Whitmire, S. L. and S. K. Hamilton. 2005. Rapid removal of nitrate and sulfate by freshwater wetland sediments. Journal of Environmental Quality 34:2062-2071.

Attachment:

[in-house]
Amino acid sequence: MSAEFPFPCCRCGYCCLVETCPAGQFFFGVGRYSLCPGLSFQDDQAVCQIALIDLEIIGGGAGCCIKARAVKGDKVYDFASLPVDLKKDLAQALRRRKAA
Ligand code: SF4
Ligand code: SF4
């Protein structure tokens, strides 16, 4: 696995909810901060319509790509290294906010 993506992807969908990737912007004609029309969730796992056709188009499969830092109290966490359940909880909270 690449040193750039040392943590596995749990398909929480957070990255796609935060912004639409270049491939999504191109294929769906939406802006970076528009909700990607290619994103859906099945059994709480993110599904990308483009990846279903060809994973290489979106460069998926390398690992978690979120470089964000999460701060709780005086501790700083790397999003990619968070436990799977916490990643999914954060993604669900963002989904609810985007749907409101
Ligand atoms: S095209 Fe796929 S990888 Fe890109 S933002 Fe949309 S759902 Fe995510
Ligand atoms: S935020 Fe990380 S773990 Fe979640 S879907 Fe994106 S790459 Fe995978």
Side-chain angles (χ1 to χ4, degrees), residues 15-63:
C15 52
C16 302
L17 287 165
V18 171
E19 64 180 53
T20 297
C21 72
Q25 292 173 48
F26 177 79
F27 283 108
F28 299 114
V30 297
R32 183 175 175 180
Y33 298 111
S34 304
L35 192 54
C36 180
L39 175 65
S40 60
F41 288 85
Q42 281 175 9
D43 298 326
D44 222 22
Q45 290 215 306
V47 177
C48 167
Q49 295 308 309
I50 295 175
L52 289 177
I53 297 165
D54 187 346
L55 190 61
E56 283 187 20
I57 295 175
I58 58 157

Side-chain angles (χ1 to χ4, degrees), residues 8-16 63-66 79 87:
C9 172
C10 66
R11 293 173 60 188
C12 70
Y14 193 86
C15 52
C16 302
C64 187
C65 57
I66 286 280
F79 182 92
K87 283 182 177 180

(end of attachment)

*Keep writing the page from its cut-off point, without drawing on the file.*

Anaerobic microbial processes play particularly important roles in the biogeochemical functions of wetlands, affecting water quality, nutrient transport, and greenhouse gas fluxes. This study simultaneously examined nitrate and sulfate removal rates in sediments of five southwestern Michigan wetlands varying in their predominant water sources from ground water to precipitation. Rates were estimated using in situ push-pull experiments, in which 500 mL of anoxic local ground water containing ambient nitrate and sulfate and amended with bromide was injected into the near-surface sediments and subsequently withdrawn over time. All wetlands rapidly depleted nitrate added at ambient ground water concentrations within 5 to 20 h, with the rate dependent on concentration. Sulfate, which was variably present in porewaters, was also removed from injected ground water in all wetlands, but only after nitrate was depleted. The sulfate removal rate in ground water-fed wetlands was independent of concentration, in contrast to rates in precipitation-fed wetlands. Sulfate production was observed in some sites during the period of nitrate removal, suggesting that the added nitrate either stimulated sulfur oxidation, possibly by bacteria that can utilize nitrate as an oxidant, or inhibited sulfate reduction by stimulating denitrification. All wetland sediments examined were consistently capable of removing nitrate and sulfate at concentrations found in ground water and precipitation inputs, over short time and space scales. These results demonstrate how a remarkably small area of wetland sediment can strongly influence water quality, such as in the cases of narrow riparian zones or small isolated wetlands, which may be excluded from legal protection.
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